Screw Through Ridges or Valleys?
Today’s article is courtesy of the Journal of Light Construction online:
Q: The new corrugated metal roofing on our client’s garage leaks. The installer had driven the fasteners through the valleys and into the 2-by rafters. We’ve since been told that corrugated roofing should always be fastened through the ridges of the corrugation. Which method is correct?
A: Rob Haddock, a metal-roof consultant and director of the Metal Roof Advisory Group, responds: The culture of fastening through the ridge (crest) or through the valley of the metal-roof profile seems to vary in the continental U.S. from one place to the next, from one contractor to the next, and even from one manufacturer to the next. Many years ago (before the advent of weather-sealing washers on fasteners), corrugated roofing was always fastened through the ridges using “lead head” nails. These were galvanized roofing nails with a lead washer under the head. As a nail was driven and its head came in contact with the roofing, the soft lead was supposed to conform to the surface of the roof to provide a seal. But these fasteners were notorious for leaking, which is why they were always driven through the high points of the roofing profile.
Today the fasteners of choice for corrugated roofing are gasketed hex-head screws with a metal and rubber washer below the head. As the screws are driven, the washer presses against the metal roofing to form a waterproof seal. If the screws are driven correctly, fastening through either the valleys or the ridges of the roofing is considered acceptable in this country. Valid arguments can be made for both preferences. If the fasteners on your roof were all properly driven, it is unlikely that they are the source of your leaks, regardless of whether they were driven through valleys or ridges.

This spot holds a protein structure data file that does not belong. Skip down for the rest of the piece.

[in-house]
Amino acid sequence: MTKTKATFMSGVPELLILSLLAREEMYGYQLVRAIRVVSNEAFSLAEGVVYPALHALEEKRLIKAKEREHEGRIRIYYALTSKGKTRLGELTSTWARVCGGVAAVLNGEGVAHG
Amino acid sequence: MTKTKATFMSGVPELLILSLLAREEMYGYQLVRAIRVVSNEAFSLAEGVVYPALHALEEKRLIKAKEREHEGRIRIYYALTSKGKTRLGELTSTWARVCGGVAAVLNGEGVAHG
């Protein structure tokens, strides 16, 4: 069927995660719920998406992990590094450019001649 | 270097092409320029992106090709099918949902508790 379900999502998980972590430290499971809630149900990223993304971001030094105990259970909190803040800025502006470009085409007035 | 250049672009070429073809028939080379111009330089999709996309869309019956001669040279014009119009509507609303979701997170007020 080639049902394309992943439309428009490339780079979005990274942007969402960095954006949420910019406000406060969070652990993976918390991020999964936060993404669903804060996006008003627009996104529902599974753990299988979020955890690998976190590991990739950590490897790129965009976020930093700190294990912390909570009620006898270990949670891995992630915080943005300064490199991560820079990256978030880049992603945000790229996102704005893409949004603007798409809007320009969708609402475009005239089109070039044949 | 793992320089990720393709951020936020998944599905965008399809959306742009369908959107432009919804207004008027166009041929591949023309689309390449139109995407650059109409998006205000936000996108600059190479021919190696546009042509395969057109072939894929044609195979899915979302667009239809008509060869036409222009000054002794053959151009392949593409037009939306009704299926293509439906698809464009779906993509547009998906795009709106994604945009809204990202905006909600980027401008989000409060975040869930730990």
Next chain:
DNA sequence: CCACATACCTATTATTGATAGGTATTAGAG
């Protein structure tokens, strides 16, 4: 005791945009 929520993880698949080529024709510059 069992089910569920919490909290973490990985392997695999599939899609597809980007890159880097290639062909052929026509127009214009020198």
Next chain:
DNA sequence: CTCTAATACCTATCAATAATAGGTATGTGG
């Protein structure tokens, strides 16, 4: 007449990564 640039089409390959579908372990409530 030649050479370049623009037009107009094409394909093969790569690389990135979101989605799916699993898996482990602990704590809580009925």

No matter whether your installer prefers to screw ridges or valleys, there are several factors to consider when fastening metal roofing to a building. Be sure to choose the right fastener—the right length as well as the right material—for your particular application. Roofing manufacturers often recommend certain fasteners and fastening schedules for their products according to the structural material of the roof. Each fastener must be driven straight into the metal roofing perpendicular to the plane of the roof to ensure that the washer seals evenly around the fastener hole. Also, fasteners should be driven using a properly adjusted torque-sensitive tool to avoid over-driving. Applying too much torque when fastening through the ridges could crush or distort the profile of the roofing, and applying too much torque in the valleys could distort the washer to the point where it no would longer create an effective seal.